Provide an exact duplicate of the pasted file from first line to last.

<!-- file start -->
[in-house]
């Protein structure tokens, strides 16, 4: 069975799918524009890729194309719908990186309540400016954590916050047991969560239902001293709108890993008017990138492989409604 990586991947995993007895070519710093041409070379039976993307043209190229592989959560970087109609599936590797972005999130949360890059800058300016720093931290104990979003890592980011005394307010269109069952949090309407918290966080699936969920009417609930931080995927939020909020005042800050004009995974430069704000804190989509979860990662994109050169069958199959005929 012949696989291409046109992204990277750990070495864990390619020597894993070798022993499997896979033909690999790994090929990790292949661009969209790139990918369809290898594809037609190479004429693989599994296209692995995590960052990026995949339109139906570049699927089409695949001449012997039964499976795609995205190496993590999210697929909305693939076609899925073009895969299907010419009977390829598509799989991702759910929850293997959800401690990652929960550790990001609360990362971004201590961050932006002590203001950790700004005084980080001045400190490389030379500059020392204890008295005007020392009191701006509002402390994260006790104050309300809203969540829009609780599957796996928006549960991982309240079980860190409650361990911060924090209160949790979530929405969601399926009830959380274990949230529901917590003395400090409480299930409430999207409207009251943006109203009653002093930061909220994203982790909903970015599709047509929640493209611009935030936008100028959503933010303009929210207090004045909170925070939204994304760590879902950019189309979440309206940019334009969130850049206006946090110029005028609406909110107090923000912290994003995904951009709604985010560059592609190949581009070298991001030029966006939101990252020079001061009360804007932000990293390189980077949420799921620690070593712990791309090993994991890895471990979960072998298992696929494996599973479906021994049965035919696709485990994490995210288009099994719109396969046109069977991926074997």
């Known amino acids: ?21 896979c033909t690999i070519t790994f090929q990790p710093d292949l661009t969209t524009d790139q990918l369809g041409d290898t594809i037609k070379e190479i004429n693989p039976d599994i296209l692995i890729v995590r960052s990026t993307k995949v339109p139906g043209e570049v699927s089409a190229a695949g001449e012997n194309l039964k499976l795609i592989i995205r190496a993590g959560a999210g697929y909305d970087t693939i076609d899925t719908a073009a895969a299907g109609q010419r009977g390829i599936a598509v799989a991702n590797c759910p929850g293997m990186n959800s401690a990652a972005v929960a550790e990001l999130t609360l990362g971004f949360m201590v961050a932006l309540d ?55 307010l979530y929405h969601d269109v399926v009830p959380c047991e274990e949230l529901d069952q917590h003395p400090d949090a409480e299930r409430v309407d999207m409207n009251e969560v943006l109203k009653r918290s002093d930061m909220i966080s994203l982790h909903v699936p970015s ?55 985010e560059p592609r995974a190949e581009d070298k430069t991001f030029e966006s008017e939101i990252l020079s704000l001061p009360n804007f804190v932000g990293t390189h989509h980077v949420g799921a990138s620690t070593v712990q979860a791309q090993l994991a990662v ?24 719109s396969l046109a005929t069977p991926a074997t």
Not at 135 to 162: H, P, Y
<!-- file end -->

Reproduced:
[in-house]
């Protein structure tokens, strides 16, 4: 069975799918524009890729194309719908990186309540400016954590916050047991969560239902001293709108890993008017990138492989409604 990586991947995993007895070519710093041409070379039976993307043209190229592989959560970087109609599936590797972005999130949360890059800058300016720093931290104990979003890592980011005394307010269109069952949090309407918290966080699936969920009417609930931080995927939020909020005042800050004009995974430069704000804190989509979860990662994109050169069958199959005929 012949696989291409046109992204990277750990070495864990390619020597894993070798022993499997896979033909690999790994090929990790292949661009969209790139990918369809290898594809037609190479004429693989599994296209692995995590960052990026995949339109139906570049699927089409695949001449012997039964499976795609995205190496993590999210697929909305693939076609899925073009895969299907010419009977390829598509799989991702759910929850293997959800401690990652929960550790990001609360990362971004201590961050932006002590203001950790700004005084980080001045400190490389030379500059020392204890008295005007020392009191701006509002402390994260006790104050309300809203969540829009609780599957796996928006549960991982309240079980860190409650361990911060924090209160949790979530929405969601399926009830959380274990949230529901917590003395400090409480299930409430999207409207009251943006109203009653002093930061909220994203982790909903970015599709047509929640493209611009935030936008100028959503933010303009929210207090004045909170925070939204994304760590879902950019189309979440309206940019334009969130850049206006946090110029005028609406909110107090923000912290994003995904951009709604985010560059592609190949581009070298991001030029966006939101990252020079001061009360804007932000990293390189980077949420799921620690070593712990791309090993994991890895471990979960072998298992696929494996599973479906021994049965035919696709485990994490995210288009099994719109396969046109069977991926074997």
């Known amino acids: ?21 896979c033909t690999i070519t790994f090929q990790p710093d292949l661009t969209t524009d790139q990918l369809g041409d290898t594809i037609k070379e190479i004429n693989p039976d599994i296209l692995i890729v995590r960052s990026t993307k995949v339109p139906g043209e570049v699927s089409a190229a695949g001449e012997n194309l039964k499976l795609i592989i995205r190496a993590g959560a999210g697929y909305d970087t693939i076609d899925t719908a073009a895969a299907g109609q010419r009977g390829i599936a598509v799989a991702n590797c759910p929850g293997m990186n959800s401690a990652a972005v929960a550790e990001l999130t609360l990362g971004f949360m201590v961050a932006l309540d ?55 307010l979530y929405h969601d269109v399926v009830p959380c047991e274990e949230l529901d069952q917590h003395p400090d949090a409480e299930r409430v309407d999207m409207n009251e969560v943006l109203k009653r918290s002093d930061m909220i966080s994203l982790h909903v699936p970015s ?55 985010e560059p592609r995974a190949e581009d070298k430069t991001f030029e966006s008017e939101i990252l020079s704000l001061p009360n804007f804190v932000g990293t390189h989509h980077v949420g799921a990138s620690t070593v712990q979860a791309q090993l994991a990662v ?24 719109s396969l046109a005929t069977p991926a074997t």
Not at 135 to 162: H, P, Y